Because all of the work the team presents at the Sprint Review is done – Potentially Shippable -, it shouldn’t take much preparatory work to demonstrate it. The Sprint Review is supposed to be an informal meeting with low ceremony and high value. Spending a lot of time to create a polished PowerPoint presentation hardly seems justified. Also, I would be concerned if I showed up at a Sprint Review to see working software and instead was given a PowerPoint presentation.
Prior to the Sprint Review, the team needs to decide who on the Scrum Team is going to facilitate the review and who will demonstrate the completed work. Typically the Scrum Master facilitates, but the Product Owner might kick things off by welcoming members of the stakeholder community and providing a synopsis of the Sprint results. As for demoing the completed work, I prefer that every member of the Development Team have an opportunity at some sprint review to go hands-on and demonstrate, rather than the same person always dominating the demo every sprint review.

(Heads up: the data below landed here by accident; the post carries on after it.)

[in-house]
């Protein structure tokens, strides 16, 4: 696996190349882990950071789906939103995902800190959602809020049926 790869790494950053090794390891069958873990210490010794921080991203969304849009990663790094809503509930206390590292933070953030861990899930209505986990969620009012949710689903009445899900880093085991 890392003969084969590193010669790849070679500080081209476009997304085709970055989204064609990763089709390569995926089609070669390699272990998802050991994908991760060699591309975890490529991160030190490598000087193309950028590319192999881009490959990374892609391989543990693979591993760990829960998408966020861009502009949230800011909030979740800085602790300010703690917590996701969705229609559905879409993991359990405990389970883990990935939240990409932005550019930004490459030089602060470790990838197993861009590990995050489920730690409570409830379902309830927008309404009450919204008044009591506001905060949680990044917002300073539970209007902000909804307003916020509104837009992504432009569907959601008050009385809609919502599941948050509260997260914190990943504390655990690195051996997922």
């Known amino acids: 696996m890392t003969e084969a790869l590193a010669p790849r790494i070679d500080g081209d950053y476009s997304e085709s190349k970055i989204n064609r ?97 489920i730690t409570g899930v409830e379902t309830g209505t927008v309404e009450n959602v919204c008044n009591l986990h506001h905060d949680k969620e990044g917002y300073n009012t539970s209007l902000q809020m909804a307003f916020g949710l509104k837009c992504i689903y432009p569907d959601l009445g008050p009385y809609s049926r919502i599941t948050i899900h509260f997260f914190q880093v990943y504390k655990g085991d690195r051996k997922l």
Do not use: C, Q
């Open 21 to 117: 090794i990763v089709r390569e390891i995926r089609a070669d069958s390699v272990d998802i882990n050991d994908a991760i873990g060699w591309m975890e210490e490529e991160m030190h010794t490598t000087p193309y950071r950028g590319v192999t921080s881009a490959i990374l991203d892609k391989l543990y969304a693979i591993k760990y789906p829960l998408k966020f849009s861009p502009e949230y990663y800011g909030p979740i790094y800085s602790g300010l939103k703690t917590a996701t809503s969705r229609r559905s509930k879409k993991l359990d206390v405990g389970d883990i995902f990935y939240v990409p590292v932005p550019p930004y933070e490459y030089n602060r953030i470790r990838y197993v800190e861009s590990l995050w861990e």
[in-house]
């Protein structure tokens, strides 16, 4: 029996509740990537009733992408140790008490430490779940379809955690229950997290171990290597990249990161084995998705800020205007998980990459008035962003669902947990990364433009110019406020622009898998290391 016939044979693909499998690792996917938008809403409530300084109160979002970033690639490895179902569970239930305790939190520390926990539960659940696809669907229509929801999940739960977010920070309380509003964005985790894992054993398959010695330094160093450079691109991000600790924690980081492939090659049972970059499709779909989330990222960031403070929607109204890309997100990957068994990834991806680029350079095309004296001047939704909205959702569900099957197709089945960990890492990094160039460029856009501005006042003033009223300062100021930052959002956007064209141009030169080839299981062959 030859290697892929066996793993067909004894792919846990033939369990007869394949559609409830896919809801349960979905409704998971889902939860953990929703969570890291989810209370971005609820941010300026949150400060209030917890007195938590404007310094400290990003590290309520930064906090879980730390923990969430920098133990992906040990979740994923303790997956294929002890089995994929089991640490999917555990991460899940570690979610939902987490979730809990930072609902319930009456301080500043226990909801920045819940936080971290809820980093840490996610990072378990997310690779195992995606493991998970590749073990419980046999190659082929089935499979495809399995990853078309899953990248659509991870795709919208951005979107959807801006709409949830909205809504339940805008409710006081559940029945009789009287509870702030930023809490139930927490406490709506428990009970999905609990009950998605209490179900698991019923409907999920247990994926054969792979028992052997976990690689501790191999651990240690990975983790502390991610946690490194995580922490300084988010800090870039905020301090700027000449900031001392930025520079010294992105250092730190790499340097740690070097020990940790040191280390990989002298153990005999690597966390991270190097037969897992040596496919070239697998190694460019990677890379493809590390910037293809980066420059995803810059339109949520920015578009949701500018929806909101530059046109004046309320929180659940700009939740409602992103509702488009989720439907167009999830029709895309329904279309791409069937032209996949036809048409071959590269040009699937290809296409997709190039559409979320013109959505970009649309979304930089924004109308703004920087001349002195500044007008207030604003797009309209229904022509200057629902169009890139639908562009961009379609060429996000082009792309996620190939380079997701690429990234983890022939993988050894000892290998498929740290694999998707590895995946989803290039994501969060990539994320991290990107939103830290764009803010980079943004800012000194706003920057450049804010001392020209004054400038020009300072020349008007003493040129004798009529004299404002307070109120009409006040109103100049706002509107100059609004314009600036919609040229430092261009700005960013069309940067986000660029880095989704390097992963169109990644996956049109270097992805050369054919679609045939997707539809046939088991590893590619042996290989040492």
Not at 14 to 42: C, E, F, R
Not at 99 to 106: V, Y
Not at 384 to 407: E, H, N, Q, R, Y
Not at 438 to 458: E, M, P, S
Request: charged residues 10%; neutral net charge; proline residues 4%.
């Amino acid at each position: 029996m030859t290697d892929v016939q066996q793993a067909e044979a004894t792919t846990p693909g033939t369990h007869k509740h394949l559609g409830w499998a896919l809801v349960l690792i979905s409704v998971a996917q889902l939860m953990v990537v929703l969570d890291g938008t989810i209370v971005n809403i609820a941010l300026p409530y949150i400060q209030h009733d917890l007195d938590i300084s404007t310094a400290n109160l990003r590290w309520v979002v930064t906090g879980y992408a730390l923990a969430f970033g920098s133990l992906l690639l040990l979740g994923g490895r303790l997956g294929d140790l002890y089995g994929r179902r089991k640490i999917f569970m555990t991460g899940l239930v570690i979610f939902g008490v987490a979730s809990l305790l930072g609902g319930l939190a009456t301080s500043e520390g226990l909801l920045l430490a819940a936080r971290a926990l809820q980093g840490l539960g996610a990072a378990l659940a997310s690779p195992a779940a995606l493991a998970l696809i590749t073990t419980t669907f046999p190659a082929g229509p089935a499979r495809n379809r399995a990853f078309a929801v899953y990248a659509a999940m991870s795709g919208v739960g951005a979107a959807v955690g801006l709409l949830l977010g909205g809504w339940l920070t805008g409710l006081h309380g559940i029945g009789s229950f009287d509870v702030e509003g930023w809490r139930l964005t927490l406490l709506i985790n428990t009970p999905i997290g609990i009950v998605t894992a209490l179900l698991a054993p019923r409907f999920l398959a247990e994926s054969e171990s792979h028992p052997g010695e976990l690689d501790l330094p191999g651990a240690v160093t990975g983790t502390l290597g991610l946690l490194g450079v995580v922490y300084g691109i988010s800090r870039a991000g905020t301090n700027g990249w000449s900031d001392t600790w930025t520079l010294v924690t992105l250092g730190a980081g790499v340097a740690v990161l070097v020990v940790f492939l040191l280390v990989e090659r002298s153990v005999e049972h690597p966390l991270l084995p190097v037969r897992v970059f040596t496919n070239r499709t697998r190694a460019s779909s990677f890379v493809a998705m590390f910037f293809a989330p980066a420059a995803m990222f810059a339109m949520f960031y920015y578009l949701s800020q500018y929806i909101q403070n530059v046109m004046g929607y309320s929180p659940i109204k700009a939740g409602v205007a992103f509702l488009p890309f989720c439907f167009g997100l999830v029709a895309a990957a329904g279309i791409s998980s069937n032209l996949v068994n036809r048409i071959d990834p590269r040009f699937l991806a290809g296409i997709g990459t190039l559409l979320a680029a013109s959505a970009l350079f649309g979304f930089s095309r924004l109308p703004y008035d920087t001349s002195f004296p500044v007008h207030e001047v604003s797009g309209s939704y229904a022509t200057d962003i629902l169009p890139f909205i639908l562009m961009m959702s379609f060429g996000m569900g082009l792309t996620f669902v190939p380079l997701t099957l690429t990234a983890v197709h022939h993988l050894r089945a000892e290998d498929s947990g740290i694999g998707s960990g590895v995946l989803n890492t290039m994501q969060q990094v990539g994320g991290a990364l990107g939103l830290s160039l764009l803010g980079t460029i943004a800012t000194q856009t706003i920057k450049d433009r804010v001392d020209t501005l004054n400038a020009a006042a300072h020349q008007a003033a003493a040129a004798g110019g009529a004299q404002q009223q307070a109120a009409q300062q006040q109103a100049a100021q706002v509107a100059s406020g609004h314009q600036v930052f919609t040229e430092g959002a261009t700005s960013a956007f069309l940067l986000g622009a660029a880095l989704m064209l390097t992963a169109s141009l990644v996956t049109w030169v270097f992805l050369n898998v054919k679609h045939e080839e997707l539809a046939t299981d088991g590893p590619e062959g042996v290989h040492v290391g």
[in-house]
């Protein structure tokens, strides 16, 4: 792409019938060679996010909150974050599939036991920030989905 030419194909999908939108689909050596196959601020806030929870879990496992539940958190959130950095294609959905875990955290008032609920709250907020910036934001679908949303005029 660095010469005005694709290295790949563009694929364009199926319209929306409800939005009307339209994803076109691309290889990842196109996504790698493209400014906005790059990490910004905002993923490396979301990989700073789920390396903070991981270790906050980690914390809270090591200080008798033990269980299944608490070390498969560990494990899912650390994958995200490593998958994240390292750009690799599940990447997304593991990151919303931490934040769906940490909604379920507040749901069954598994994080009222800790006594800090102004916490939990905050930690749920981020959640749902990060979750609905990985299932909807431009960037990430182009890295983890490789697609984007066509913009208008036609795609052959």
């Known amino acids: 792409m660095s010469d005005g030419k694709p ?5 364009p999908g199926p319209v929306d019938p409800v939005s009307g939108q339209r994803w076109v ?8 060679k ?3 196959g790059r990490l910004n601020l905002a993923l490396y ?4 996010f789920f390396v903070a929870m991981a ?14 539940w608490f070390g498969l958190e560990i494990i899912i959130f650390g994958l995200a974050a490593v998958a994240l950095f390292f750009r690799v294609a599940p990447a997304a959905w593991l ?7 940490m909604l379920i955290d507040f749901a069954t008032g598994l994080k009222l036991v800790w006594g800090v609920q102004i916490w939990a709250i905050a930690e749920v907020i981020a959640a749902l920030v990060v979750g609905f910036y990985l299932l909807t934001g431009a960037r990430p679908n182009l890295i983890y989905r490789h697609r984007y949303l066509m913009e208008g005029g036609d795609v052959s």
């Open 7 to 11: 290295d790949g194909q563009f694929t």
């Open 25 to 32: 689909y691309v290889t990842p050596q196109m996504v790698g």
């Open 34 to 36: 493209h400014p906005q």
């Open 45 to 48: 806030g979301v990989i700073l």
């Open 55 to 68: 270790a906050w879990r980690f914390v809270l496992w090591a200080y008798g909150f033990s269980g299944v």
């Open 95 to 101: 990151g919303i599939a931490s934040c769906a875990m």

The inputs to the Sprint Review are the Sprint Backlog and/or Sprint Goal and the Potentially Shippable Product Increment that the team actually produced. The outputs of the Sprint Review are a groomed Product Backlog and an updated release plan. A common approach to conducting the Sprint Review includes providing a summary or synopsis of what has and has not been accomplished with regard to the Sprint Goal, demonstrating the Potentially Shippable Product Increment, discussing the current state of the product, and adapting the future product direction.